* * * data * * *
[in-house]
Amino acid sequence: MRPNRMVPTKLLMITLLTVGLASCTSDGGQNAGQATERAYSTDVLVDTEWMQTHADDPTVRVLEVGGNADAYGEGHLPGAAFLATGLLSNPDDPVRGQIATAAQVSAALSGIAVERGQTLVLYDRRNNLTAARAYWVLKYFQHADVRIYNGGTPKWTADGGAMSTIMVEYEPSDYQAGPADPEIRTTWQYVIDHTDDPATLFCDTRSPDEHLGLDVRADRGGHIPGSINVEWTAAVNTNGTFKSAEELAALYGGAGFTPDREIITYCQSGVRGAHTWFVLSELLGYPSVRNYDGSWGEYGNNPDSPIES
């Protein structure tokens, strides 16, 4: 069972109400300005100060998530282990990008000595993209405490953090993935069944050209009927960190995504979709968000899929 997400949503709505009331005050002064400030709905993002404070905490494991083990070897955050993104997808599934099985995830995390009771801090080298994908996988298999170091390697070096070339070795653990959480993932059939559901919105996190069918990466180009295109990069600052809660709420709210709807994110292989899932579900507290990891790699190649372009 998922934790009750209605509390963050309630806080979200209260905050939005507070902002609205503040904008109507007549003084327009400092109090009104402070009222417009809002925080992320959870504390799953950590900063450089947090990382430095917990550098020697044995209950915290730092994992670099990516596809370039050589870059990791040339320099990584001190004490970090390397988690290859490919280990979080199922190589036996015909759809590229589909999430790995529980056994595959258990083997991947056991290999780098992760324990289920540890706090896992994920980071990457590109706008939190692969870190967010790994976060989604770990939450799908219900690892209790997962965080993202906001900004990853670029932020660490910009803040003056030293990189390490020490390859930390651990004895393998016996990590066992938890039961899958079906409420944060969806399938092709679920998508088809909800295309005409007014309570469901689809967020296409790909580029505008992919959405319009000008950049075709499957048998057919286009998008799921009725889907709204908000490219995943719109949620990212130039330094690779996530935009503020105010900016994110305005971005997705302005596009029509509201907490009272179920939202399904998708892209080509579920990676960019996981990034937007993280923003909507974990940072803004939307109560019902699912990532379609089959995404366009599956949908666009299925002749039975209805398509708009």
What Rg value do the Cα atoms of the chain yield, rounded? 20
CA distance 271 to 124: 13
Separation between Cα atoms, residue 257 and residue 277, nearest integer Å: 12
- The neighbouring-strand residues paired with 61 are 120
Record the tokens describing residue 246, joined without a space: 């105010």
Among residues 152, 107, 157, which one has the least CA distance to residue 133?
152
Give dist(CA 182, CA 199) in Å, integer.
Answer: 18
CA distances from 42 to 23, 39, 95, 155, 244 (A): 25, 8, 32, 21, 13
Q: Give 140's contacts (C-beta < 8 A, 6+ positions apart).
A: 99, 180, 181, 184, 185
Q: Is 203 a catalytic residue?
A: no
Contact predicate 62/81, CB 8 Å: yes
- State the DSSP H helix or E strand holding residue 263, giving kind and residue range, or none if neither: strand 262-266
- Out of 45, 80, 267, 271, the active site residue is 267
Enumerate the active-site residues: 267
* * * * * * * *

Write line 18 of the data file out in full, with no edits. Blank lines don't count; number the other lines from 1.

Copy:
Contact predicate 62/81, CB 8 Å: yes